The article can be found on pubmed and my mendeley profile.

Update 6.1.16: WOW what a media attention for this one. Interviews with outlets from UK, US, Germany, Switzerland, Argentina, France, Australia etc, German Radio, the dutch Volkskrant, and a video on More via the corresponding altmetrics page . Also interesting is the post by UD, the lead in this project and chief of the CSB,  on his own blog “To infinity, and beyond!”


New article published – Ankle-Brachial Index and Recurrent Stroke Risk: Meta-Analysis

Another publication, this time on the role of the ABI as a predictor for stroke recurrence. This is a meta analysis, which combines data from 11 studies allowing us to see that ABI was moderately associated with recurrent stroke (RR1.7) and vascular events (RR 2.2). Not that much, but it might be just enough to increase some of the risk prediction models available for stroke patients when ABI is incorperated.

This work, the product of the great work of some of the bright students that work at the CSB (JBH and COL), is a good start in our search for a good stroke recurrence risk prediction model. Thiswill be a major topic in our future research in the PROSCIS study which is led by TGL. I am looking forward to the results of that study, as better prediction models are needed in the clinic especially true as more precise data and diagnosis might lead to better subgroup specific risk prediction and treatment.

The article can be found on pubmed and my mendeley profile and should be cited as

Hong J Bin, Leonards CO, Endres M, Siegerink B, Liman TG. Ankle-Brachial Index and Recurrent Stroke Risk. Stroke 2015; : STROKEAHA.115.011321.

The ECTH 2016 in The Hague

My first conference experience (ISTH 2008, Boston) got me hooked on science. All these people doing the same thing, speaking the same language, and looking to show and share their knowledge. This is true when you are involved in the organisation. Organising the international soccer match at the Olympic stadium in Amsterdam linked to the ISTH 2013 to celebrate the 25th anniversary of the NVTH was fun. But lets not forget the exciting challenge of organising the WEON 2014.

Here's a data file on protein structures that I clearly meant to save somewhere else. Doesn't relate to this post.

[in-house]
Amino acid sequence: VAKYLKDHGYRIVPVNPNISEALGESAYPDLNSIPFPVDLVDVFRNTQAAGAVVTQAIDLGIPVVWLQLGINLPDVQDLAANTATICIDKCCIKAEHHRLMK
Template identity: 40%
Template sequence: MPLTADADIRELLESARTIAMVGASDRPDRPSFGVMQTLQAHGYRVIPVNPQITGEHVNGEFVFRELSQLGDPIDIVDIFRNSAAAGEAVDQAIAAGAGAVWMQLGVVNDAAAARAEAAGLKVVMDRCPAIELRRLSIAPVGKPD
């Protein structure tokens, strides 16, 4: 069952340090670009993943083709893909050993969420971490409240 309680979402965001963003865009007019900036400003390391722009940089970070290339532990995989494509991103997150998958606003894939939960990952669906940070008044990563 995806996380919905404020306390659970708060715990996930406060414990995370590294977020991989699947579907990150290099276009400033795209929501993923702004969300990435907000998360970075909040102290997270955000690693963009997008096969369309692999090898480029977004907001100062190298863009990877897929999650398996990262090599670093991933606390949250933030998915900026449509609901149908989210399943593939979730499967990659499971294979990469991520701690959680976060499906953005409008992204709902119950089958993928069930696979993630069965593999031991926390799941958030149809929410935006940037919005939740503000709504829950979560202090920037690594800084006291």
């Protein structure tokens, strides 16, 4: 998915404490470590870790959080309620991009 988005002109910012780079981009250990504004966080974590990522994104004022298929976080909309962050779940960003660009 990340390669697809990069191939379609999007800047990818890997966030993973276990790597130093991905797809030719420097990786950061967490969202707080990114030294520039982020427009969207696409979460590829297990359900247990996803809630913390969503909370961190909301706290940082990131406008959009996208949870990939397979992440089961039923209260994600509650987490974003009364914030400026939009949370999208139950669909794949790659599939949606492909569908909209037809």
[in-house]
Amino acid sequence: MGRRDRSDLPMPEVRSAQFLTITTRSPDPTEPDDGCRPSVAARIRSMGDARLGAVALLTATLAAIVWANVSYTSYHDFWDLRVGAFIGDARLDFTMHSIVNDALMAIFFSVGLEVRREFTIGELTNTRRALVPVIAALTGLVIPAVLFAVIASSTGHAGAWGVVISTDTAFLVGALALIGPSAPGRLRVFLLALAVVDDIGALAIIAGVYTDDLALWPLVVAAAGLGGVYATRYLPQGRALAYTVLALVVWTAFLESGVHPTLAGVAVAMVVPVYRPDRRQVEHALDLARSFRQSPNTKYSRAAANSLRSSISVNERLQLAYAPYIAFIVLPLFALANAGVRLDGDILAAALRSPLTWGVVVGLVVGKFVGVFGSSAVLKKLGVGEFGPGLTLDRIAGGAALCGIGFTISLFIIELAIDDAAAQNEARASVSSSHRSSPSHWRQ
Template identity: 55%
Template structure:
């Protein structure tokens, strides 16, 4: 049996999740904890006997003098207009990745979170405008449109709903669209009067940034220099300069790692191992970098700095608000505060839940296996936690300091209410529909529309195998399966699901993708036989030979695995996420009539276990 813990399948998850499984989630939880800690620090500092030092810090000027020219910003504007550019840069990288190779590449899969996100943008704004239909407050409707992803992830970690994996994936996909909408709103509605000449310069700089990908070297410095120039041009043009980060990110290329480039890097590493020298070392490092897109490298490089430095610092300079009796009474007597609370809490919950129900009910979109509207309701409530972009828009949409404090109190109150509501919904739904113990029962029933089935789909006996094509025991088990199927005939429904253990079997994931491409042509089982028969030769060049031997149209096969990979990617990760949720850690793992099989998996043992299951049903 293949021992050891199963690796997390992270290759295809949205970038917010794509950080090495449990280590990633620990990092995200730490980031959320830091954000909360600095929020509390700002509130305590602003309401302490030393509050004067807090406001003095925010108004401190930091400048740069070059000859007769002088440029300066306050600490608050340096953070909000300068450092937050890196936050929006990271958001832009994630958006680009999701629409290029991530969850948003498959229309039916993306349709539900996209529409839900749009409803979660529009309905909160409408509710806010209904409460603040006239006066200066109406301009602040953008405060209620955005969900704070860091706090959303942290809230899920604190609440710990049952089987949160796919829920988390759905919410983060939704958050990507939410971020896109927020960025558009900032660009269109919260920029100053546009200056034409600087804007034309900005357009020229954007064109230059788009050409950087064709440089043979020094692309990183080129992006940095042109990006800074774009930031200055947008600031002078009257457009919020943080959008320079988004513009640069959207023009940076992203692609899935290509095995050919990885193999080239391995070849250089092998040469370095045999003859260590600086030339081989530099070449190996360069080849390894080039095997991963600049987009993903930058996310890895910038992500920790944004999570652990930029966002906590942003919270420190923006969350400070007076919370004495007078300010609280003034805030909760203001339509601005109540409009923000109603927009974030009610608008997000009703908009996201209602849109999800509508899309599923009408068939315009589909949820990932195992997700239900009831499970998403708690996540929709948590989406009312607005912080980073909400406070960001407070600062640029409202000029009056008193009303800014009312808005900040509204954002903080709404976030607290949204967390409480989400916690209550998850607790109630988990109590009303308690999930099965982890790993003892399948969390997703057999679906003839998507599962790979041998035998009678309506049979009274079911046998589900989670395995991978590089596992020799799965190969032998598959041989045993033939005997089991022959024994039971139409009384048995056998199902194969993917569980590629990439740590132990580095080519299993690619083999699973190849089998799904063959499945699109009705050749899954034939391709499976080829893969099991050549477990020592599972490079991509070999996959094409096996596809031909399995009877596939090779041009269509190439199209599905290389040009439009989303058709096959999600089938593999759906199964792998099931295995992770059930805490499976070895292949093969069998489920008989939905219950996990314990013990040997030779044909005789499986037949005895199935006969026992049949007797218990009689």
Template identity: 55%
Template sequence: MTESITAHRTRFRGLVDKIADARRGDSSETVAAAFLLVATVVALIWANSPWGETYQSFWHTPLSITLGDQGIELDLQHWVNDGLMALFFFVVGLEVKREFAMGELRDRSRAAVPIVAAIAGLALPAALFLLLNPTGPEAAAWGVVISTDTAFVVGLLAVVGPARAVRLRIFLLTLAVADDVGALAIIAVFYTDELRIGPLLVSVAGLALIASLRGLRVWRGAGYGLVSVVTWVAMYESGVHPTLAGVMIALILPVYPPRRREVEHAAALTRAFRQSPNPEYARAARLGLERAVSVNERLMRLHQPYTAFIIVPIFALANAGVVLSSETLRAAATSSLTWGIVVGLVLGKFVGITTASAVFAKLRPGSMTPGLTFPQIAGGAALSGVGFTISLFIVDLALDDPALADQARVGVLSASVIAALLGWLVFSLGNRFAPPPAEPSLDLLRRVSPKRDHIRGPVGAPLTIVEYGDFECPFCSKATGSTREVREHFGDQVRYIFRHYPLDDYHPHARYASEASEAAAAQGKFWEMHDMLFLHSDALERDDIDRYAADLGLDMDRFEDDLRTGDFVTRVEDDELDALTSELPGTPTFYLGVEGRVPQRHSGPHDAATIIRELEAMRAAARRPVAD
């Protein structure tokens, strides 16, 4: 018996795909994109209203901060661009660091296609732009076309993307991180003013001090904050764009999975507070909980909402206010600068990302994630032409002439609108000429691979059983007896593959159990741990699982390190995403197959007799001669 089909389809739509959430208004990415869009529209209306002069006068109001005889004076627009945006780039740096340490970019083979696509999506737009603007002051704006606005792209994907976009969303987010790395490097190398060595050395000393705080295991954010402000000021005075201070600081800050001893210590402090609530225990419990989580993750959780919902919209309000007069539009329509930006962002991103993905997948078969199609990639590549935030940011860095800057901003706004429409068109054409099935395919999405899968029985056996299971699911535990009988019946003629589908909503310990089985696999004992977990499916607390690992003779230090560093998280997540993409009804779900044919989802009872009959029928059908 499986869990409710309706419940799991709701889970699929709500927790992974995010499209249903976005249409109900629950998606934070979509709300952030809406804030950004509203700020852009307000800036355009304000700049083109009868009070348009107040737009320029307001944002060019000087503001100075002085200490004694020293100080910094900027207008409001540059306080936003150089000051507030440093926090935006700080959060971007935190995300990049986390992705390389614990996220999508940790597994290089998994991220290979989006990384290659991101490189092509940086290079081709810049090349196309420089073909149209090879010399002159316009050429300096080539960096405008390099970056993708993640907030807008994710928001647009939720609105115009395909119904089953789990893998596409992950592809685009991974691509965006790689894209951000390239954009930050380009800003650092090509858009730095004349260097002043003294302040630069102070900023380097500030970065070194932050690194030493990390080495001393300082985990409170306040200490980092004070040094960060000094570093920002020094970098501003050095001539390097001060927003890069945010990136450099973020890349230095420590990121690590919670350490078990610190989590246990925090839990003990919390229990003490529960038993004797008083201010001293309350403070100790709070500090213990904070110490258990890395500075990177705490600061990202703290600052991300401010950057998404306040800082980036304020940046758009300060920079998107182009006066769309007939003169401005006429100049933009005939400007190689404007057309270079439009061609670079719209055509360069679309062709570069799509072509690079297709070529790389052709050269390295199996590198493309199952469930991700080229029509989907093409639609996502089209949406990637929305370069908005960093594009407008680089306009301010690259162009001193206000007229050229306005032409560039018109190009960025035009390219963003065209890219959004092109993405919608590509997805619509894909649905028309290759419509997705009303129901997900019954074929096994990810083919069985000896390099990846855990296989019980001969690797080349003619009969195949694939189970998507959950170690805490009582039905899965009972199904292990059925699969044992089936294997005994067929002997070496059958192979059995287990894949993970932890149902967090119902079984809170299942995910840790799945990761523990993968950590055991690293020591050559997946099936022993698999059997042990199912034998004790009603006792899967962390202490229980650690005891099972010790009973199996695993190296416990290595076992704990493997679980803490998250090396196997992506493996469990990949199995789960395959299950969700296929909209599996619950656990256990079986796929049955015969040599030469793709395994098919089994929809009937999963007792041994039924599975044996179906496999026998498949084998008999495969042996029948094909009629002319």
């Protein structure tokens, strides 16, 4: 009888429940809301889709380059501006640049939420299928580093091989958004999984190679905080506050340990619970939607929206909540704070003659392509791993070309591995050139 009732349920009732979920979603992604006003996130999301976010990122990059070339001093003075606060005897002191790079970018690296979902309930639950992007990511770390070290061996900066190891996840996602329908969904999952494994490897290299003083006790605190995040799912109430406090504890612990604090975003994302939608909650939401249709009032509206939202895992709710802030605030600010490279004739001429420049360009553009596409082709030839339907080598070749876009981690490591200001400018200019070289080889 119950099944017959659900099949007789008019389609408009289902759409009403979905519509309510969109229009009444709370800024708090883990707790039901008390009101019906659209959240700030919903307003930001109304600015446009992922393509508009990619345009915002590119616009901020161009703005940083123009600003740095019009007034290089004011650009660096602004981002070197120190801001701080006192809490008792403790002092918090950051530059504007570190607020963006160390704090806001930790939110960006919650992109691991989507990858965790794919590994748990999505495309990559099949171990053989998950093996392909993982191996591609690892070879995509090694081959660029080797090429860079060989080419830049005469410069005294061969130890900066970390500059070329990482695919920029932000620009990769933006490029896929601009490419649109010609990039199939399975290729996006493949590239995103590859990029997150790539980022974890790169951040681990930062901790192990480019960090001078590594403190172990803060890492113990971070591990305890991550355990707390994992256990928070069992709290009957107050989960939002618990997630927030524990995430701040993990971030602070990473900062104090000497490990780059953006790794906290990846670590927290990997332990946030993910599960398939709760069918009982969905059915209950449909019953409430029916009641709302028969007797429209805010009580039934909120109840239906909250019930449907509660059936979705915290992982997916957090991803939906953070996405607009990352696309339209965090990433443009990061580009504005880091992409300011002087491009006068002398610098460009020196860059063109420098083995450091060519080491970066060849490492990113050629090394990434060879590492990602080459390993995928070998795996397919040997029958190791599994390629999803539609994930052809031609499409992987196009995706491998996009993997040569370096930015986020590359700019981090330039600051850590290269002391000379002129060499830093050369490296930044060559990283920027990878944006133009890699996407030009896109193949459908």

And now, the birth of a new conference, the European Congress of Thrombosis and Hemostasis, which will be held in The Hague in Netherlands (28-30 sept 2016). I am very excited for several reasons: First of all, this conference will fill in the gap of the bi-annual ISTH conferences. Second, I have the honor to help out as the chair of the junior advisory board. Third, the Hague! My old home town!

So, we have 10 months to organise some interesting meetings and activities, primary focussed on the young researchers. Time to get started!

First results from the RATIO follow up study

Another article got published today in the JAMA Int Med, this time the results from the first analyses of the RATIO follow-up data. For these data, we linked the RATIO study to the dutch national bureau of statistics (CBS), to obtain 20 years of follow-up on cardiovascular morbidity and mortality. We first submitted a full paper, but later we downsized to a research letter with only 600 words. This means that only the main message (i.e. cardiovascular recurrence is high, persistent over time and disease specific) is left.